While everyone else tries to figure out how to integrate 4G LTE in their chipsets, Intel has announced a SoC with integrated 3G
Apparently, this new tech isn't designed for the top-end powerhouses that we love. Instead, this chip aims to reduce footprint compared to competitive solutions, and drive the overall costs down for devices positioned in the lower end of the hardware spectrum. Intel informs that chip samples will be sent to its partners in the beginning of Q4, so do not expect cheap Intel-powered smartphones until next year.
This is said to be the latest move by Intel in its quest to conquer the mobile market. In reality, though, the company is still far from achieving this goal, with ARM Holdings, Intel's biggest rival in this space, currently powering about 99% of the smartphone models available today.
2. MeoCao (unregistered) posted on 01 Aug 2012, 04:29 3 3
Intel used to be a leading company, now it's a following one LOL.
4. IamYourFather6657 posted on 01 Aug 2012, 04:36 2 1
65nm and some apps still not compatible with intel ?
I don't think it's good
5. jove39 posted on 01 Aug 2012, 06:54 1 2
Intel is like years behind ARM in mobile soc market...this move just explains it!
6. cepcamba posted on 01 Aug 2012, 06:57 1 0
Feature phones with basic social networking will come out of this. price = less than US$50.
8. QWIKSTRIKE posted on 01 Aug 2012, 09:46 0 0
Damn they are so late to this party, Sprint and Verizon will phase out 3 g in 2014. When Sprint phased out 2g and went cdma 3g there was no looking back as Verizon and Sprint brings in LTE 1x Advance the 3g will be phased out. Verizon is switching customers to tiered 4g as we speak today!
10. cepcamba posted on 01 Aug 2012, 12:10 0 0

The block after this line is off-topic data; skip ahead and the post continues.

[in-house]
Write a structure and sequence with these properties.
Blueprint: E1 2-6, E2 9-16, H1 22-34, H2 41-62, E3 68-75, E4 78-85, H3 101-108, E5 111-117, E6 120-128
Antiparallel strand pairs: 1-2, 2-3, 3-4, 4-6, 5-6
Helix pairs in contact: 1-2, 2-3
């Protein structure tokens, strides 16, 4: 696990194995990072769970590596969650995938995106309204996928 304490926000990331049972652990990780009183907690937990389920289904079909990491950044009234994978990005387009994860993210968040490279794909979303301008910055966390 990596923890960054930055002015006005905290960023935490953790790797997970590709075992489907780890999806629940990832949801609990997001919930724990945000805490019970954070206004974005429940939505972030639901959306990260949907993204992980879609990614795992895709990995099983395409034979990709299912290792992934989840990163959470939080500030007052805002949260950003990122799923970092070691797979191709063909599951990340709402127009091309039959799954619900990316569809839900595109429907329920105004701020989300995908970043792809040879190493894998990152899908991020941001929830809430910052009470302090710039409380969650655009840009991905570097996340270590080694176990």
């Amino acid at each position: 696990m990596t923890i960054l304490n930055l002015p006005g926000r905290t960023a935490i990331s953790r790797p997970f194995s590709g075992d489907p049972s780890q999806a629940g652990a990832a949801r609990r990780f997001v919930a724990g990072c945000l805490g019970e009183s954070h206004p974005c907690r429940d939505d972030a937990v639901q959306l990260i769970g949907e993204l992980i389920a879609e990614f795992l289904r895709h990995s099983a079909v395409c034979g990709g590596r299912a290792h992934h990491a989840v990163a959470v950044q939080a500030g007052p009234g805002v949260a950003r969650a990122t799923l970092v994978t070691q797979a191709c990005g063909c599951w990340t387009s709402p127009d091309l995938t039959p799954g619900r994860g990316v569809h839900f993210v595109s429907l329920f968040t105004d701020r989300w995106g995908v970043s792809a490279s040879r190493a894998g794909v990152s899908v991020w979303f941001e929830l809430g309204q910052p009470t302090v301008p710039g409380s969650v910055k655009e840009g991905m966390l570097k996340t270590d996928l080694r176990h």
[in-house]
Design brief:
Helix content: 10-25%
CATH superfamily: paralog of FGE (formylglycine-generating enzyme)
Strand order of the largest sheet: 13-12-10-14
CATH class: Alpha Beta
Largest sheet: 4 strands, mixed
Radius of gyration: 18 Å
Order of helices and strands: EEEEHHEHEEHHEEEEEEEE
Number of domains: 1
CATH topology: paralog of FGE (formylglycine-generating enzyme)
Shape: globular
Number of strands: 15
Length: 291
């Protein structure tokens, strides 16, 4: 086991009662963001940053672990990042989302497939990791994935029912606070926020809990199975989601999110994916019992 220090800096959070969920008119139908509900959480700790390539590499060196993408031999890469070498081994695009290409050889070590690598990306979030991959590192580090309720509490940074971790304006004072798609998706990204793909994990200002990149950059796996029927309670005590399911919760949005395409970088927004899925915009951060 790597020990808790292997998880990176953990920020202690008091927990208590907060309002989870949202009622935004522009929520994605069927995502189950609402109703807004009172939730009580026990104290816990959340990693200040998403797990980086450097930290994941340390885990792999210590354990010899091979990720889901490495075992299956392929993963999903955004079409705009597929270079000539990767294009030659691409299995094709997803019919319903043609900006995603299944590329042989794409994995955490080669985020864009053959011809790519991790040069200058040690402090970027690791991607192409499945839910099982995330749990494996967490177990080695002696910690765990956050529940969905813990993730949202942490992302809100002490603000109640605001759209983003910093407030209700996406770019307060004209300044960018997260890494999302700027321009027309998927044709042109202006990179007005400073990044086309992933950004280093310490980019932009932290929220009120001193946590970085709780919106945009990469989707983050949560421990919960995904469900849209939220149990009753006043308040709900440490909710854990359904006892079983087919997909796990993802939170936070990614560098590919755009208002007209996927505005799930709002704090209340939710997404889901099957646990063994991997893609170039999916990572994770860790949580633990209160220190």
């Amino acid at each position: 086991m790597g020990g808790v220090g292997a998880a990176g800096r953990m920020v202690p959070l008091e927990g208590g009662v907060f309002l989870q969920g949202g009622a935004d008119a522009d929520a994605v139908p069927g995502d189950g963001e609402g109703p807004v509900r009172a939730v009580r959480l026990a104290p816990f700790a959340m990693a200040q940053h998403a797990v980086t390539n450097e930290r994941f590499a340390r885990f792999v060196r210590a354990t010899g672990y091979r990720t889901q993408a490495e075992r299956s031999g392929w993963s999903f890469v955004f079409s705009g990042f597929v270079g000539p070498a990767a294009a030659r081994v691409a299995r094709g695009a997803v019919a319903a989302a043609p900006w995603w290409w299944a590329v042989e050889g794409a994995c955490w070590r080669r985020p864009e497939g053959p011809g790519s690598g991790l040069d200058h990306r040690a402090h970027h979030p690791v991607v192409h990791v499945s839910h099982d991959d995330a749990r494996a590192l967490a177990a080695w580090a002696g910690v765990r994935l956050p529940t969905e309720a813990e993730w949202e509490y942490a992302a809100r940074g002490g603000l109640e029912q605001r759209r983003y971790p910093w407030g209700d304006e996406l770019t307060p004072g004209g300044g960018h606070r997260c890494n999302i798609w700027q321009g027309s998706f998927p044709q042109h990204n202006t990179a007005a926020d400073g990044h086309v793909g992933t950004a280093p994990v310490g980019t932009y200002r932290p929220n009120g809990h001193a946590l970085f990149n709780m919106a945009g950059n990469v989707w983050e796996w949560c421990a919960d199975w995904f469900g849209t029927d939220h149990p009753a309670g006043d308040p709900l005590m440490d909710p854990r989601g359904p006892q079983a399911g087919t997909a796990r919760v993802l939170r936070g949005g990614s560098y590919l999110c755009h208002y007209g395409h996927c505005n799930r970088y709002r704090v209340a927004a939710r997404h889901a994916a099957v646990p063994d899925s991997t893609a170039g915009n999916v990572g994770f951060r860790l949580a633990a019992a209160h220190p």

3G will not be phased out anytime soon, and even if it did it's just gonna be phased out in the US and some other 1st worlds. Developing countries is a big market share and 3G is a luxury for them, I'm happy for this news it's gonna be a 3G/4G combination much like the 2G/3G that we commonly have today.
9. superguy posted on 01 Aug 2012, 11:06 1 0
I think you all need to think about what Intel is trying to do here. It's not going after the LTE market at this time. Outside of Korea, Canada and the US, you don't much LTE out there right now. 3G and related technologies are out in the world and heavily used. Many countries haven't even begun to deploy LTE.
Intel likely isn't marketing this to the US, but a worldwide audience.
Verizon still has a pretty low percentage of people on LTE at this time. That will change over time, but it'll probably be a good while until you have the majority of people on LTE.
3G is also pretty unified with just a handful of frequencies used worldwide. LTE is a mess and everyone seems to be using different blocks. It's simpler and more cost effective to make for that at this time, given the world market.
Another thing to keep in mind is that 65nm, while an older fab technology, is also very mature and Intel is VERY good at it now. Yields are probably very high. They probably have 65nm fab space available. Rather than investing in a less mature technology, having to retool and get a lower yield, they can use what's available and try to make something off of it.
If Intel's capable of donig this and having as low of power consumption they've claimed (upwards of 20x less than Ivy Bridge), then it will be pretty darn good by the time it gets to more advanced processes.
Bottom line: don't right this off just because it's likely not going to be popular in the US. There are a lot of places in the world where this can sell.
11. downphoenix posted on 01 Aug 2012, 18:29 0 0
65NM? LOL. When was the last time that's been used?